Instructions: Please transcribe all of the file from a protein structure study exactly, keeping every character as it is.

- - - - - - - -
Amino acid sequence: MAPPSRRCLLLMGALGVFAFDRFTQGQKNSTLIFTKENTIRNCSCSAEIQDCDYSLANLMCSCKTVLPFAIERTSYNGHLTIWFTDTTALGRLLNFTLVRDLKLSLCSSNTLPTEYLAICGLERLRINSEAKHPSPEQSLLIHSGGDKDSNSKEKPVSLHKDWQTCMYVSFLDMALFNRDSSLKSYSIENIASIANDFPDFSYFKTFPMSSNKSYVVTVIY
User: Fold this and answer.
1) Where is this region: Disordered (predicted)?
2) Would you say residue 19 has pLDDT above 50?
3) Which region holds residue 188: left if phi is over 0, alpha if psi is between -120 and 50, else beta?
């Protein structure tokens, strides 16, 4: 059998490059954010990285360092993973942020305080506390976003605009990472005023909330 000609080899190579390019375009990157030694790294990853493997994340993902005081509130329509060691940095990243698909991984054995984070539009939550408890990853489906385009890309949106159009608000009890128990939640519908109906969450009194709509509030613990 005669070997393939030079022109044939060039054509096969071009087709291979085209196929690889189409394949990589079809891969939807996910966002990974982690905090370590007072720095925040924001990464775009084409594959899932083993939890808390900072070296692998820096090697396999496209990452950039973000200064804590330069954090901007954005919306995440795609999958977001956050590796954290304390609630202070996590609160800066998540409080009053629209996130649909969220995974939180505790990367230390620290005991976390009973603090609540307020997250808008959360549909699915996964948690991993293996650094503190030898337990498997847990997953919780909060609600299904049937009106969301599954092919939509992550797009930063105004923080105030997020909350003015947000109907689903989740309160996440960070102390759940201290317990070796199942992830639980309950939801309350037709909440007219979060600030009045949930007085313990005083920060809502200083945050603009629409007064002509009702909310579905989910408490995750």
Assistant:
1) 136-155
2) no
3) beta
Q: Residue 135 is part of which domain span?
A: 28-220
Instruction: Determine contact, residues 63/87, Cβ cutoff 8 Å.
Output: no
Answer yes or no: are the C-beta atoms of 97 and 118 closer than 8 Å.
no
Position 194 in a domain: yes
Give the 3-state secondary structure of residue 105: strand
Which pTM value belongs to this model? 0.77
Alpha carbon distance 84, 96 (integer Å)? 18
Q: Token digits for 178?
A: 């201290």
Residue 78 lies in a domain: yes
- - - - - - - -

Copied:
Amino acid sequence: MAPPSRRCLLLMGALGVFAFDRFTQGQKNSTLIFTKENTIRNCSCSAEIQDCDYSLANLMCSCKTVLPFAIERTSYNGHLTIWFTDTTALGRLLNFTLVRDLKLSLCSSNTLPTEYLAICGLERLRINSEAKHPSPEQSLLIHSGGDKDSNSKEKPVSLHKDWQTCMYVSFLDMALFNRDSSLKSYSIENIASIANDFPDFSYFKTFPMSSNKSYVVTVIY
User: Fold this and answer.
1) Where is this region: Disordered (predicted)?
2) Would you say residue 19 has pLDDT above 50?
3) Which region holds residue 188: left if phi is over 0, alpha if psi is between -120 and 50, else beta?
């Protein structure tokens, strides 16, 4: 059998490059954010990285360092993973942020305080506390976003605009990472005023909330 000609080899190579390019375009990157030694790294990853493997994340993902005081509130329509060691940095990243698909991984054995984070539009939550408890990853489906385009890309949106159009608000009890128990939640519908109906969450009194709509509030613990 005669070997393939030079022109044939060039054509096969071009087709291979085209196929690889189409394949990589079809891969939807996910966002990974982690905090370590007072720095925040924001990464775009084409594959899932083993939890808390900072070296692998820096090697396999496209990452950039973000200064804590330069954090901007954005919306995440795609999958977001956050590796954290304390609630202070996590609160800066998540409080009053629209996130649909969220995974939180505790990367230390620290005991976390009973603090609540307020997250808008959360549909699915996964948690991993293996650094503190030898337990498997847990997953919780909060609600299904049937009106969301599954092919939509992550797009930063105004923080105030997020909350003015947000109907689903989740309160996440960070102390759940201290317990070796199942992830639980309950939801309350037709909440007219979060600030009045949930007085313990005083920060809502200083945050603009629409007064002509009702909310579905989910408490995750």
Assistant:
1) 136-155
2) no
3) beta
Q: Residue 135 is part of which domain span?
A: 28-220
Instruction: Determine contact, residues 63/87, Cβ cutoff 8 Å.
Output: no
Answer yes or no: are the C-beta atoms of 97 and 118 closer than 8 Å.
no
Position 194 in a domain: yes
Give the 3-state secondary structure of residue 105: strand
Which pTM value belongs to this model? 0.77
Alpha carbon distance 84, 96 (integer Å)? 18
Q: Token digits for 178?
A: 């201290």
Residue 78 lies in a domain: yes